Also, Illinois is no longer at the top of higher education spending. The latest cuts will place it even further down the pecking order. And there have been many cuts over the past decade. Staff salaries are typically at lower than the cost of living. Aiming for the bloated salaried officials is your target not the poor "administrative assistant'" running the office until past normal working hours.
Running the office doing what? Enrollment is declining. Faculty are doing more and more admin work, yet the admin staff has grown more than 10 times the rate of all other positions.
Sure there are more assistants -- because there are more Deans. The tenured faculty have no secretaries. We have a single part-time (often student) employee in our Dept. office. Get rid of all those extra Deans.
It is not true that student enrollment has dropped at all institutions. Enrollment has dropped especially at places where budget cuts have hurt the most. UIC, the largest public university in the city,keeps getting larger. Part of the reason is because other state institutions have had reductions leading to fewer courses, programs and services.
Illinois exports many because students are discouraged from choosing Illinois because of institutional instability. .
People often do not understand what makes an institution attractive. It is full-time faculty, but it is often travel abroad programs, easy registration and admissions processes, good counseling programs, internship and research opportunities, campus housing, athletics, health services, hospitals, research labs, outreach to underserved communities such for health purposes, focused institutes such as in media and graphic design and computing and various areas of engineering; institutes that focus on disabilities and special education and I could go on and on and on. If you want great options that improve your education, you need more than classroom faculty. There are many PhDs, MAs and those with undergraduate degrees that make universities run properly.
If faculty were expected to do it all (virtually impossible) this, they would get on the first jet out of Illinois or at least to another institution. Using UIC as an example, there are about 29,000 students plus or minus in any given year. Add faculty and employees, professional and technical and service, and you are talking about a city within the city. U of I Urbana is even larger.
Higher education institutions do not only absorb money, they are major economic engines of the state. They employ thousands who pay taxes, are a center of consumption and site of development and research and small business incubation. They are sites for launching small business initiatives that are spun off and employ people in a variety of areas. The research faculty and staff's discoveries lead to industrial uses that make the state and the US competitive.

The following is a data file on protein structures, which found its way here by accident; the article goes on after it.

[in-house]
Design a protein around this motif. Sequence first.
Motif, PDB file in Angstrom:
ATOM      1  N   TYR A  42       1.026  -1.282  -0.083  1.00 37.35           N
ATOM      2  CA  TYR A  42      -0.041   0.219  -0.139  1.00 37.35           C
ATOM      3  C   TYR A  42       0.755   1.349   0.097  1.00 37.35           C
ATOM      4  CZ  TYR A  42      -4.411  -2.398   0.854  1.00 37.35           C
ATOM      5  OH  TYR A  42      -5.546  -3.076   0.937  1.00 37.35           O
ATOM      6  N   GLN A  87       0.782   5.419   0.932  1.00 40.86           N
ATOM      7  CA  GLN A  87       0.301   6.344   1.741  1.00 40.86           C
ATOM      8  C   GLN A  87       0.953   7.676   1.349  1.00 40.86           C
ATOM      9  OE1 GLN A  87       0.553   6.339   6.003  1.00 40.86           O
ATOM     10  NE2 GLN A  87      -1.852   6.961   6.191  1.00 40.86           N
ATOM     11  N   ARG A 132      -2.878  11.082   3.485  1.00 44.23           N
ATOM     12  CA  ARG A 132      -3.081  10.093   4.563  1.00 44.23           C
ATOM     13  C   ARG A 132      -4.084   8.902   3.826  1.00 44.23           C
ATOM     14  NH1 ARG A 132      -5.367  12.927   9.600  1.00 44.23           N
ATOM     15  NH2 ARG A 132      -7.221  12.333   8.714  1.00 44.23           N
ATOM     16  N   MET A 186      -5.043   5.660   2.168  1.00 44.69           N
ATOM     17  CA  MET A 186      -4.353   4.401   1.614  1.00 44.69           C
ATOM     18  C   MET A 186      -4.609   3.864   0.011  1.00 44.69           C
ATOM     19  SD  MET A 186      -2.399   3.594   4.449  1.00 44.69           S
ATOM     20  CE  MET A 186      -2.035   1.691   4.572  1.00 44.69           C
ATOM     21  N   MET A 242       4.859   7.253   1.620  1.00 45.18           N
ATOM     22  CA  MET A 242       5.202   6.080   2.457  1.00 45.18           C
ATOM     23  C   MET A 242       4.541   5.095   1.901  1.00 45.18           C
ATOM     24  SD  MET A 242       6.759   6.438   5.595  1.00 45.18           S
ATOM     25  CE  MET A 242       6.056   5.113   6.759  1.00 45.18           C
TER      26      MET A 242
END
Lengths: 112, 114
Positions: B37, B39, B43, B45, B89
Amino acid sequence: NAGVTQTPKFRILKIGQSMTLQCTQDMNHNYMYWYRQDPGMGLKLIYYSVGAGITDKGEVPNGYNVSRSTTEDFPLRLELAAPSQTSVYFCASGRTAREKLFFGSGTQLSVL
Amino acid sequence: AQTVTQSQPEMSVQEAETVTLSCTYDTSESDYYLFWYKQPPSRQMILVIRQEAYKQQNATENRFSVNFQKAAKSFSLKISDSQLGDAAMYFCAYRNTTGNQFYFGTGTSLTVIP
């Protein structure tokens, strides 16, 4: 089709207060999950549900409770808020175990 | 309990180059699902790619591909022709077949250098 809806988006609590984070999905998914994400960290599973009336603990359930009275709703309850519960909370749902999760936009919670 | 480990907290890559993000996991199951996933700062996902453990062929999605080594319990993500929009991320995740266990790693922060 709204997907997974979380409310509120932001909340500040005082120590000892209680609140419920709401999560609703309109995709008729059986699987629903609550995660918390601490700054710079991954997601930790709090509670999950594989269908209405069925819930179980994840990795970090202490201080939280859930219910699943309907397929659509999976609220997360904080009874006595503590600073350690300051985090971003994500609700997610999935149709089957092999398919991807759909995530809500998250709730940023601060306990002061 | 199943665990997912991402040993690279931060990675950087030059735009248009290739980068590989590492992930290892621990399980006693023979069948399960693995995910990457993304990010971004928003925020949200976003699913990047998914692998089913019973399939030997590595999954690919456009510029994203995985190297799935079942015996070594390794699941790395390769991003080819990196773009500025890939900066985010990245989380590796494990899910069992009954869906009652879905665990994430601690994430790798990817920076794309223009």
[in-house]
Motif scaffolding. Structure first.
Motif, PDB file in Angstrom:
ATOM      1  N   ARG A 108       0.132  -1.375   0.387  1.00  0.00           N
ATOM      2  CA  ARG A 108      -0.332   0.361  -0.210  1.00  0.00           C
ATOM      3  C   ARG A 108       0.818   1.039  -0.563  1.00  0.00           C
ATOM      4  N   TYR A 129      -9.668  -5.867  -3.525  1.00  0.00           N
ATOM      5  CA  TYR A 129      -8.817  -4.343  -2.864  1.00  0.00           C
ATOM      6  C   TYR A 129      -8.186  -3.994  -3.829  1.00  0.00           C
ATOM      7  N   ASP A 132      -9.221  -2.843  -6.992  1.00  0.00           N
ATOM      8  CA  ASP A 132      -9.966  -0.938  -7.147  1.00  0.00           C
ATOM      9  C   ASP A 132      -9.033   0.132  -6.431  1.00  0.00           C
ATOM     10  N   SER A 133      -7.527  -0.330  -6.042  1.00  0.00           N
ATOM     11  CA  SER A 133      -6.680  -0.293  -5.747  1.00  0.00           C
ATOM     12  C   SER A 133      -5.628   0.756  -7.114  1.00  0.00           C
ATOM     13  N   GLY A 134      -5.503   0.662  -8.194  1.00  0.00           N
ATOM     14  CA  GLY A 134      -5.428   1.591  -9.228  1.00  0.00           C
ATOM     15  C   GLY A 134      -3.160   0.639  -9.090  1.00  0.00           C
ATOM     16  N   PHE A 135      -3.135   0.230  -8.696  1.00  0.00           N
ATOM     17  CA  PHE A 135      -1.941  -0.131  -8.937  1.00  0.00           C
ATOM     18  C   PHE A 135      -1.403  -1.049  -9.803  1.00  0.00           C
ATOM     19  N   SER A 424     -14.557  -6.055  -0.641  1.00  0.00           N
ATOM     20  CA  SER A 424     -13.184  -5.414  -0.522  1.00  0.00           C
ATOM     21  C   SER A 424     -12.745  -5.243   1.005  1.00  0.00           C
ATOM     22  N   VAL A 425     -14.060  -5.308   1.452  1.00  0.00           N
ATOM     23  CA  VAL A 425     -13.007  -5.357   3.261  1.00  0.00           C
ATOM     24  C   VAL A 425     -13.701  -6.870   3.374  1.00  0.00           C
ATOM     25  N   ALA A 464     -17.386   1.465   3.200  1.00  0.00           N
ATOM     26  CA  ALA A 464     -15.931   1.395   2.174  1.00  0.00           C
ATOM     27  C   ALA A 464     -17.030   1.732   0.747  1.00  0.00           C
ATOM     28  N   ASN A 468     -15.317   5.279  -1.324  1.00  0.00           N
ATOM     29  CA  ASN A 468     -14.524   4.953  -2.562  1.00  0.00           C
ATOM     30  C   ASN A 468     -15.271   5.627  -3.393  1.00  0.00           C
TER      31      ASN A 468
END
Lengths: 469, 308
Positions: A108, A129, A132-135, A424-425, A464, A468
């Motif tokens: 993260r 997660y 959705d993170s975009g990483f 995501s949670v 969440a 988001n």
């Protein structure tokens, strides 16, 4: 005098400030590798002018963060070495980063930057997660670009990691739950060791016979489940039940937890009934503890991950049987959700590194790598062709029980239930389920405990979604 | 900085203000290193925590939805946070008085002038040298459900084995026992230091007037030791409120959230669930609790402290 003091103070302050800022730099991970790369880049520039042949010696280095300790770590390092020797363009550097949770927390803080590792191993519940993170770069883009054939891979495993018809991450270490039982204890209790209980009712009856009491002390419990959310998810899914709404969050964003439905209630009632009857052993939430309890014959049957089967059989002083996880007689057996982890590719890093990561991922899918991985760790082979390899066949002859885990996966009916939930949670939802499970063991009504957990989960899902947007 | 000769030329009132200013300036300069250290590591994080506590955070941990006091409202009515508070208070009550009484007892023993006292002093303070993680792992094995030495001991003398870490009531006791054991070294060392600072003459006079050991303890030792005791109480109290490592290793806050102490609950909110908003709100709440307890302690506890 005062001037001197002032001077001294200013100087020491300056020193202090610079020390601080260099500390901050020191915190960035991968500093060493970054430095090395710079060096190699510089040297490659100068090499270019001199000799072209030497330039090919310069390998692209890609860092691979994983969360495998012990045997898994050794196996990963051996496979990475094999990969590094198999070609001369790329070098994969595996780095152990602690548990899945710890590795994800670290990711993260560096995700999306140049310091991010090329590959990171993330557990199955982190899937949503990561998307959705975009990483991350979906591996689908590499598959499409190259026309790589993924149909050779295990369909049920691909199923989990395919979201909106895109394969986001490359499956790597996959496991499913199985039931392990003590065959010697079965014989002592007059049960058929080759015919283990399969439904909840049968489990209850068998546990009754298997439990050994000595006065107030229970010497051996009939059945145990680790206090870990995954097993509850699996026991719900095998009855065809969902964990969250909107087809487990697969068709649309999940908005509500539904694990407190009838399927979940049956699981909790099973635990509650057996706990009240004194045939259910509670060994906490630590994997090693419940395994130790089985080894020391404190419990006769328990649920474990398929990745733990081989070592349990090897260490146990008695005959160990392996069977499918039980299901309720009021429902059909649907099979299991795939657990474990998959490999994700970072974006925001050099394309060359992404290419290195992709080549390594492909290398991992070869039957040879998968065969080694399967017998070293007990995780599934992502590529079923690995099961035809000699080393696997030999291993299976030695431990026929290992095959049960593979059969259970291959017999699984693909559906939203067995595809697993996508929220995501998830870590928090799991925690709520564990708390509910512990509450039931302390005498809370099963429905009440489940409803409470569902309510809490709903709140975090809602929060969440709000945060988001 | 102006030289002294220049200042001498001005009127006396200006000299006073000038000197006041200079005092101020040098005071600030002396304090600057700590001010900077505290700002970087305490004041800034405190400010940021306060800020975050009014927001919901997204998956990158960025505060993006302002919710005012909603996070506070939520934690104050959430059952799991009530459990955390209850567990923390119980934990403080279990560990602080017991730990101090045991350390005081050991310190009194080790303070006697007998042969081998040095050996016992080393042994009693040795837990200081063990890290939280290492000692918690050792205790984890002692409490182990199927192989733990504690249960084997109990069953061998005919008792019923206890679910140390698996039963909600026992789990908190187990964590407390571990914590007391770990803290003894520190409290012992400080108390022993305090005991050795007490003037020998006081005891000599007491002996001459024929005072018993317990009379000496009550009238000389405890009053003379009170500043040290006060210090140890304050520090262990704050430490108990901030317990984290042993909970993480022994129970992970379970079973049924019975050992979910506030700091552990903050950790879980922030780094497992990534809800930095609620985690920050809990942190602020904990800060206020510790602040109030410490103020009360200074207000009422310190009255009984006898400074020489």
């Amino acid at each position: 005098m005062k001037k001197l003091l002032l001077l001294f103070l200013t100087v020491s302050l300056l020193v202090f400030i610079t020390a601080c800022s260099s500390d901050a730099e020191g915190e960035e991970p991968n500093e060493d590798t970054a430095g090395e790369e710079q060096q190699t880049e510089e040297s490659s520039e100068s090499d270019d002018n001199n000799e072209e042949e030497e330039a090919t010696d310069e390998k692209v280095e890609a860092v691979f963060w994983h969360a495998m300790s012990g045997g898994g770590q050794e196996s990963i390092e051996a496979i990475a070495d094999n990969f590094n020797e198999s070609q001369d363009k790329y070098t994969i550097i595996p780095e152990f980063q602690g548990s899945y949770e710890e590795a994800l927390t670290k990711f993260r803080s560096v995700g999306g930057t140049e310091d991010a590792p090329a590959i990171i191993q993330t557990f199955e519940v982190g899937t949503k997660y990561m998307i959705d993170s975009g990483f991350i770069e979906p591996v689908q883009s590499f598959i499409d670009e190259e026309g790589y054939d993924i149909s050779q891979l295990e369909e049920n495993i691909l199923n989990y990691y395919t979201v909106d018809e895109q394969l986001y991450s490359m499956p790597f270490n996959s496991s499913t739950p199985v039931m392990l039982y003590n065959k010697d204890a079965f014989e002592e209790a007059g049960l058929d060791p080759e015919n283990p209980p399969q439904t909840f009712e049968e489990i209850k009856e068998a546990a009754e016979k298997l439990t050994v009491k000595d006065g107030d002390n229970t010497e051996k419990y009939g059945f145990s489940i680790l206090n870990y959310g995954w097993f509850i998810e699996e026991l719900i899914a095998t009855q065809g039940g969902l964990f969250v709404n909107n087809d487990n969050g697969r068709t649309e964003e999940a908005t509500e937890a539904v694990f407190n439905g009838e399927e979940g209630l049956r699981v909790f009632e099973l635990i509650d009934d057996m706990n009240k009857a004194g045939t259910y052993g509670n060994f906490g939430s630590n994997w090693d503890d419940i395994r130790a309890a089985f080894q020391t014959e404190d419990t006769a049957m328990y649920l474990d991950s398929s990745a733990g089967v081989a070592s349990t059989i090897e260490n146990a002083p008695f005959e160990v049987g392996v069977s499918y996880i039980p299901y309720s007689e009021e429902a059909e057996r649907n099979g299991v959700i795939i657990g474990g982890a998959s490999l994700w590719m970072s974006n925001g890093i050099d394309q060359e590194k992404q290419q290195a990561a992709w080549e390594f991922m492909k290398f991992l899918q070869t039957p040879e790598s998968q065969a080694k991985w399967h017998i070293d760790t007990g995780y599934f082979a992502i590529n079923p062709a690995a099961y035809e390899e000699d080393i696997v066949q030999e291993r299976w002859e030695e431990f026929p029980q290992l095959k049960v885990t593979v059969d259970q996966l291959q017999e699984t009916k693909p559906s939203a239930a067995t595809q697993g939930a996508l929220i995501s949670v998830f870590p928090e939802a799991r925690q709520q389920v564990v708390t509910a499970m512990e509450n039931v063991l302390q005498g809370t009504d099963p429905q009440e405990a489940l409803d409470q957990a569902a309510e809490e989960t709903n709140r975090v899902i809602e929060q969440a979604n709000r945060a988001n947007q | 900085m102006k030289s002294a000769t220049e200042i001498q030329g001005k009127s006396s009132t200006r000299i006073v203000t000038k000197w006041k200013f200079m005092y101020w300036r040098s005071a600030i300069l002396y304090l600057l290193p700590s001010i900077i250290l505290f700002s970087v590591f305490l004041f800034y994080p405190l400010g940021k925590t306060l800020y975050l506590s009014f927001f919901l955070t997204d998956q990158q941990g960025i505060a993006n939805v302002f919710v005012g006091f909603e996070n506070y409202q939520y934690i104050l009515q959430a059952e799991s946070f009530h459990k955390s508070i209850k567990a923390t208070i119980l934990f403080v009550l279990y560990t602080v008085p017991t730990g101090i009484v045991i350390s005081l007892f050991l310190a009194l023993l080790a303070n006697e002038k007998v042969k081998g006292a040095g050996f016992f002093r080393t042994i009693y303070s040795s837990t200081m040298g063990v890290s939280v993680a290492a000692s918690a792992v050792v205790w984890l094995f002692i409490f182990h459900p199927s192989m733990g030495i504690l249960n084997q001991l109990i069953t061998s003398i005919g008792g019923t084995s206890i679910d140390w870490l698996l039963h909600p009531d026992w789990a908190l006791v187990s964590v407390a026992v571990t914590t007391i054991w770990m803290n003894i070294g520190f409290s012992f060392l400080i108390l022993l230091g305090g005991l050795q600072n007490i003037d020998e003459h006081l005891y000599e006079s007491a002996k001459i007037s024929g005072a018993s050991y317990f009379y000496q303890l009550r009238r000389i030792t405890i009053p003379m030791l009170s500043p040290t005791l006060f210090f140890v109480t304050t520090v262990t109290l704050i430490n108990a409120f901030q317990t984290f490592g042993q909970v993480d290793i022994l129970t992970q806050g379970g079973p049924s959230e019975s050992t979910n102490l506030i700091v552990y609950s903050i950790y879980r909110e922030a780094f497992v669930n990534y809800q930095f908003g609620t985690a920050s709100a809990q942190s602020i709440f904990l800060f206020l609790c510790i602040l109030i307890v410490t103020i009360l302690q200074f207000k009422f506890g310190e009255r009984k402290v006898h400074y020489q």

Not to mention innovation, creative production in the arts and producers of doctors,dentists, lawyers, etc.
You can't run these institutions on bitterness. Cut the salaries of top academic officials and limit the highest paying titles if you think it is called for but slicing off the heads of so many others is myopic and is plainly poor economic decision making.
It is only the propaganda of the politicians and their voice boxes in the media that have fueled this silly notion. Choose your targets wisely. By the way, many ill informed faculty sometimes repeat this ridiculous notion until it comes to cutting the lab, institute, incubating center, or services they use and think absolutely necessary.
None of the programs you mention can account for the fact that Admin positions grew at 31 percent in a decade while faculty positions grew at 2 percent and enrollment declined overall. We still had study abroad programs more than a decade ago, and registration is now done mainly Online, so less staff is needed. Many departments are staffed by a single support staff person -- often a part-time student employee. Yet we still get things done.
But what people critique are the non-mandated deans, associate deans, assistant deans, executive vice chancellorships, associate vice chancellorships, assistant vice chancellorships or their equivalents in other systems. These are the real administrative positions that pay very well and have increased over the years.
These positions are up for debate with regard to number and salaries.
Here are the main points to consider. 1. Higher education budgets in illinois have drastically shrunk over the years. Illinois in comparison to other major state systems is not at the top of the spending list. 2. Universities are like small cities. They have become more complex, and they cannot be run by a skeletal staff like a mom and pop store despite the fact that some offices are bare bones. 3. Much of institutional growth is in areas that make colleges major resources and economic engines.